Coffee from Kurrajong
I have been looking through an old (2004) Journal of the Society for Growing Australian Plants (Queensland Region). There is an interesting article on using the seeds of the Kurrajong (Brachychiton populneus) as a coffee substitute. The early settlers in the region first used it as such, including the explorer Ludwig Leichhardt. The seeds need to be husked, and then roasted like coffee beans, before being ground and brewed.
The tree is grown quite widely in Australia, including many areas of Southern Australia. The foliage has often been used as fodder for farm animals. They are often planted as ornamental trees in public parks. In summer the trees have clusters of creamy grey flowers which have red splotches all over the cream interior of the bell shaped flowers. The seeds are found in green seed pods, which gradually turn brown and then split open with yellow seeds.
Now is a good time to be looking for the seed pods. It is best to pick the lot once about a third of the pods have become brown. The problem comes at this stage because the birds love the seeds. Cockatoos, rosellas and choughs are partial to the seeds. Store the green pods out of reach of the birds for a few days while they ripen.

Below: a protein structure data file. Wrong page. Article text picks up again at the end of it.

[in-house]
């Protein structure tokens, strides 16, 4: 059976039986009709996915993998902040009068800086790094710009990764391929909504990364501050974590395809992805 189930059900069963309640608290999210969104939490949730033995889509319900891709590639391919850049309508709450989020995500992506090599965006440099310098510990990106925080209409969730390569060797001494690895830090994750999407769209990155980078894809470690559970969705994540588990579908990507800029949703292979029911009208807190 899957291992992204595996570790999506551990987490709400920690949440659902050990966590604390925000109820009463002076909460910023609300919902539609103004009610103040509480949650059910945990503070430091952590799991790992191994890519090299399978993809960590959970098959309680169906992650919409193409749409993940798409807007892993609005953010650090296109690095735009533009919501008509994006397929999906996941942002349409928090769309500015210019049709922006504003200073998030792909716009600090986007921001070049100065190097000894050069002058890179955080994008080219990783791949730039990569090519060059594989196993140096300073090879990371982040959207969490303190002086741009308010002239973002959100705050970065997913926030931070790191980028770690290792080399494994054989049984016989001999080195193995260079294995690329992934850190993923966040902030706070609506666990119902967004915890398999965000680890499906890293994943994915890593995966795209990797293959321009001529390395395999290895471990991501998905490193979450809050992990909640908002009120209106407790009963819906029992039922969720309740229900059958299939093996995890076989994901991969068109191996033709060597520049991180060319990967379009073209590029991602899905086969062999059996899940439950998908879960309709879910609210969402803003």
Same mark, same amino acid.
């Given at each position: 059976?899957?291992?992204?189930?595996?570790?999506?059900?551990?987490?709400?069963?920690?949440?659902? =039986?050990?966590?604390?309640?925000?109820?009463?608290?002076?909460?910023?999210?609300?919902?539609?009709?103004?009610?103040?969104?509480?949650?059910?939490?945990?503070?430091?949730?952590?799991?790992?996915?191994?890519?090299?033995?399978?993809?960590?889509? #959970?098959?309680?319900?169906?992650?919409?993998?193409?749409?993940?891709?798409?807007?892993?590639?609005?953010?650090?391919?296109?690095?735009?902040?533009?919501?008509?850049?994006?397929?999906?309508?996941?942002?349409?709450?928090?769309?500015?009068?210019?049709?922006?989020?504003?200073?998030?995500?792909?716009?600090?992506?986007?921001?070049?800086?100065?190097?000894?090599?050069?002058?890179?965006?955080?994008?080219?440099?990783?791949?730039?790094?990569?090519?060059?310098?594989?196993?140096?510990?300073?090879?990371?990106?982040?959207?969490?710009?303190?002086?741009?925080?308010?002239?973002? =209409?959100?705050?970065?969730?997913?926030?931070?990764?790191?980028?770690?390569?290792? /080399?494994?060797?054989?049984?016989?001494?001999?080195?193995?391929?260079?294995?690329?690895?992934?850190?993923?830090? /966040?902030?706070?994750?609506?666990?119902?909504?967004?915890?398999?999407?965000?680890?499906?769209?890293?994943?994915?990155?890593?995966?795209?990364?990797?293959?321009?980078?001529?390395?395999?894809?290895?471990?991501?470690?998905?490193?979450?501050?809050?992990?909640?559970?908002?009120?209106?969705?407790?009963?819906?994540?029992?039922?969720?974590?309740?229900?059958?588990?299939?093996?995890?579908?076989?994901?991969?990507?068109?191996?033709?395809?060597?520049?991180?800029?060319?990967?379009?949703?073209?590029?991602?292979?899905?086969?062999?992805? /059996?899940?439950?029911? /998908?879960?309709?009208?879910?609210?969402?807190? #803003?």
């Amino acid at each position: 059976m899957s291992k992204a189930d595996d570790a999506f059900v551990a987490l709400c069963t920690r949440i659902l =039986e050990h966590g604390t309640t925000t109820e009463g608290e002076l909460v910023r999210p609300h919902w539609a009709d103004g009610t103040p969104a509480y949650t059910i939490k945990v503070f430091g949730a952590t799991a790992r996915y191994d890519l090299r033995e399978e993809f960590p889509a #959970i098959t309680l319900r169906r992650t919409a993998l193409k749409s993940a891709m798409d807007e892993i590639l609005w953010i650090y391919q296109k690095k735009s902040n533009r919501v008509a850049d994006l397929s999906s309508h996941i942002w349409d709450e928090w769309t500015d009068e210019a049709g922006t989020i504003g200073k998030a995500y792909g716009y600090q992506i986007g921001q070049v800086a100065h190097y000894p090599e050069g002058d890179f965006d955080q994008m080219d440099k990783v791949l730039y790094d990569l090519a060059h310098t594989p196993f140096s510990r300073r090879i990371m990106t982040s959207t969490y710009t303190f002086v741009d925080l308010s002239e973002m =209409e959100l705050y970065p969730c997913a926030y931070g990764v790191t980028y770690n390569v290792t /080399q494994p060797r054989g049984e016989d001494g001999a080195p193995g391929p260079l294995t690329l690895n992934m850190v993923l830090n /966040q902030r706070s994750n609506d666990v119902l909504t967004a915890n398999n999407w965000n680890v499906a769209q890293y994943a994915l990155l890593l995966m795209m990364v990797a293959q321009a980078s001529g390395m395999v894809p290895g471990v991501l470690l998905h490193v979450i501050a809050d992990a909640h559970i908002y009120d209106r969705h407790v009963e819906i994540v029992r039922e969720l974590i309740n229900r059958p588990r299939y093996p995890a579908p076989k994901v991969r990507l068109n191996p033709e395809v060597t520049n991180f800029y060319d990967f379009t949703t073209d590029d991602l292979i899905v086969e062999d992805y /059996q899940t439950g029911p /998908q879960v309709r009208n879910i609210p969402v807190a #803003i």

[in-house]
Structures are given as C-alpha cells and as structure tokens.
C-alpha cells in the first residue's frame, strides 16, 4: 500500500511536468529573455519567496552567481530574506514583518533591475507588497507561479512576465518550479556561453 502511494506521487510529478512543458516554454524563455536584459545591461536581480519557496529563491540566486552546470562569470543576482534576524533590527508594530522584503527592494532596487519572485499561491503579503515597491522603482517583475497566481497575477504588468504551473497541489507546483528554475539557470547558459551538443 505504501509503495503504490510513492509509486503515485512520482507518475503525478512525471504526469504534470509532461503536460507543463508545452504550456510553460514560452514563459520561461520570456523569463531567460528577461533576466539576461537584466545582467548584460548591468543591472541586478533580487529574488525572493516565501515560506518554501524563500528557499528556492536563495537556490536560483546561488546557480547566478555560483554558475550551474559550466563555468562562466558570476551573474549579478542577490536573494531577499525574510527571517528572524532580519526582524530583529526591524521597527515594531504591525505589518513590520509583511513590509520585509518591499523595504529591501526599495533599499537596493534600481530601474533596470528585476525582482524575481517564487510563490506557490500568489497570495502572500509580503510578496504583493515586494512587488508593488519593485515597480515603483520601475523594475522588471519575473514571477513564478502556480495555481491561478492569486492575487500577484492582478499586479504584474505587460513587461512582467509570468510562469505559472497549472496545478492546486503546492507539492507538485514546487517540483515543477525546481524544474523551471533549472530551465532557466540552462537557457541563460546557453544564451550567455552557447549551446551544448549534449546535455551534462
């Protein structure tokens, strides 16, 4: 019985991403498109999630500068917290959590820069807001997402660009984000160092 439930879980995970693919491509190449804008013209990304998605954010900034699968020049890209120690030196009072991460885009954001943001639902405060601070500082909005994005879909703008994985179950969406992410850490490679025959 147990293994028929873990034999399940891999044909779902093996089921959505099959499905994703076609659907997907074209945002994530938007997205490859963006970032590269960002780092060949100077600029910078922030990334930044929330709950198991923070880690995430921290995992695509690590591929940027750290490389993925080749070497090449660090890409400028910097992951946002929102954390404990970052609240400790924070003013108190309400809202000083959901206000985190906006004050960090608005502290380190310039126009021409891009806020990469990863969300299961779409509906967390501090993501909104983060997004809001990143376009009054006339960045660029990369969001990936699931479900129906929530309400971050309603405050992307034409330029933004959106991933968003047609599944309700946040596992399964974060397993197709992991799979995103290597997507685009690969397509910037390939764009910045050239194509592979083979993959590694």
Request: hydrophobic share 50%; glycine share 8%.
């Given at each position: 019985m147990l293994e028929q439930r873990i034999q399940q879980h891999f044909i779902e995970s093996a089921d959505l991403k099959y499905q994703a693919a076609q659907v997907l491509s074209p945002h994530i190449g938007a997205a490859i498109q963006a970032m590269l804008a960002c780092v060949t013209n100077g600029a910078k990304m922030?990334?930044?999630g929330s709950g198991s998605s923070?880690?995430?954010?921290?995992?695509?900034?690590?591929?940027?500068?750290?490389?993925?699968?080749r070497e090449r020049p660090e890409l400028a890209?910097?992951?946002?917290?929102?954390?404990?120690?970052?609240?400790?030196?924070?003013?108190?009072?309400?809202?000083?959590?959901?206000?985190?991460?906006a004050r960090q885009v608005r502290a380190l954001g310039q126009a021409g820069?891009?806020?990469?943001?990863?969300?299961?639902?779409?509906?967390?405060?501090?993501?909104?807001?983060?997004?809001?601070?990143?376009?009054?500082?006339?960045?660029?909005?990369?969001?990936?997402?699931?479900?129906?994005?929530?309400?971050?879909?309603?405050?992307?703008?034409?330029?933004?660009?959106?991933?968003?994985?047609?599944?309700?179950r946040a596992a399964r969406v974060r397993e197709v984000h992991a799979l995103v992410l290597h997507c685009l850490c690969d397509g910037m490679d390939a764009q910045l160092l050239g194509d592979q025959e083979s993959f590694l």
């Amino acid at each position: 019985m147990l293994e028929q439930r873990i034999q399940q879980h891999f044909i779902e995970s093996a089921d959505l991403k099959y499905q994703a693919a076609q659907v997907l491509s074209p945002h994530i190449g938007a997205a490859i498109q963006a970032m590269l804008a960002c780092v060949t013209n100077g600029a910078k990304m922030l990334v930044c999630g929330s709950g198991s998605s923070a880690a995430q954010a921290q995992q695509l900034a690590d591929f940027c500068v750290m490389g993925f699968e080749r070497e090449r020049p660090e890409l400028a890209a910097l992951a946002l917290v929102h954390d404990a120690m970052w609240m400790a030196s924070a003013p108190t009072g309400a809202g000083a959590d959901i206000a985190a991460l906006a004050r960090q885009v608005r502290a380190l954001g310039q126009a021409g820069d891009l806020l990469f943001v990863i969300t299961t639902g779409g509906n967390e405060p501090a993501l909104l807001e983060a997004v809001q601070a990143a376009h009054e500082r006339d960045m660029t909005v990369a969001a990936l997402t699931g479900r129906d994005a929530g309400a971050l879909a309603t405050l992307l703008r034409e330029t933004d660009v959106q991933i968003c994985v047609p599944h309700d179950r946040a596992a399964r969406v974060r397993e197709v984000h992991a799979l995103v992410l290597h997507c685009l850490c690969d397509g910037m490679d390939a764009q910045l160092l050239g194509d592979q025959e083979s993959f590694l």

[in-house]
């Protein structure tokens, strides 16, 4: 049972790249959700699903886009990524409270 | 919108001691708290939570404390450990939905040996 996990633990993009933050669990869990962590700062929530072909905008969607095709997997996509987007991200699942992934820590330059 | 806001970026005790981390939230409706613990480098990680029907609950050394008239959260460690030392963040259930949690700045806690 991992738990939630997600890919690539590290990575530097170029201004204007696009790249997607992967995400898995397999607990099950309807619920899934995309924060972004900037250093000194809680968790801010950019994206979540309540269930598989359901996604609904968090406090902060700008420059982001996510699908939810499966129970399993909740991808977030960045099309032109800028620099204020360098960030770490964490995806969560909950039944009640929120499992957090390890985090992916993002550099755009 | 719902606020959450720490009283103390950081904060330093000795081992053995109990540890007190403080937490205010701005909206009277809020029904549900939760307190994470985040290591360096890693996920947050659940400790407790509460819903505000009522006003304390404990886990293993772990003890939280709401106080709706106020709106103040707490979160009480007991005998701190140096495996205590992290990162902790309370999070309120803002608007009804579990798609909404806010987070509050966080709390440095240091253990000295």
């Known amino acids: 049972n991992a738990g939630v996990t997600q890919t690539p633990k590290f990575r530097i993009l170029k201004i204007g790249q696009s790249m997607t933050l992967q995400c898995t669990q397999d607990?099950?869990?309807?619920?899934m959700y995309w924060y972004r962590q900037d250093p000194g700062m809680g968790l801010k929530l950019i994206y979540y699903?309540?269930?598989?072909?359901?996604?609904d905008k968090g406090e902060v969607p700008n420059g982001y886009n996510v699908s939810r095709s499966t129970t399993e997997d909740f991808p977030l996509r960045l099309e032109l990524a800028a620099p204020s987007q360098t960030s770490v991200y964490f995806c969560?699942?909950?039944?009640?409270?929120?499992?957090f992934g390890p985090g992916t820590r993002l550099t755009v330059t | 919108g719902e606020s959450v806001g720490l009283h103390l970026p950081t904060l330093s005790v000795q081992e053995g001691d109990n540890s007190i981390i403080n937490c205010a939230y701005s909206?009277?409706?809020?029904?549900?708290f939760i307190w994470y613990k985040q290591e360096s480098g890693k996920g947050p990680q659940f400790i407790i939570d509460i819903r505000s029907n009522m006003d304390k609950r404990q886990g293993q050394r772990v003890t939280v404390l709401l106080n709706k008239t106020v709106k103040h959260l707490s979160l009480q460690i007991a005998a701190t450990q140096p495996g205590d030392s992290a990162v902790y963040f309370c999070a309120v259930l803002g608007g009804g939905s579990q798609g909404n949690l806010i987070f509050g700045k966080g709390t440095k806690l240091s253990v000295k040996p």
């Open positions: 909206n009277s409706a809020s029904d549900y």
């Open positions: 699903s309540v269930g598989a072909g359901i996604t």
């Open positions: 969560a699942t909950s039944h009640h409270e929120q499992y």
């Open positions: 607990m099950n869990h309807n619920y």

From the information in the article, it would be worth growing the tree to use the seeds, if you can win the battle with the birds.
The seeds have fine hairs which irritate greatly, so take care. Use a knife to split the pods and use a pair of leather gloves to rub the hairs off the seeds. Blow the hairs from the seeds and dry the seeds for a few days before storing them. (Watch out for the birds.)
Use a frying pan with a lid to roast the seeds on high heat, or if using an ordinary stove top pan stir all the while. This is how coffee is treated. The roasting is done according to the strength of the flavour you prefer. According to the article the flavour of the brewed ‘coffee’ is something like Mocha or long black Espresso coffee. The roasting is carried out until the Kurrajong seeds are the colour that you like in coffee.
Once roasted, the seeds are stored in a glass jar until needed for grinding. The suggested amount to use is a heaped dessertspoon of ground Kurrajong seeds per cup. Put the ‘coffee’ in a saucepan, cover with boiling water and bring back to the boil. Let stand a few minutes before straining and serving.
I don’t like coffee at all. I would rather try different teas. However I would be very interested to find out how this truly tasted.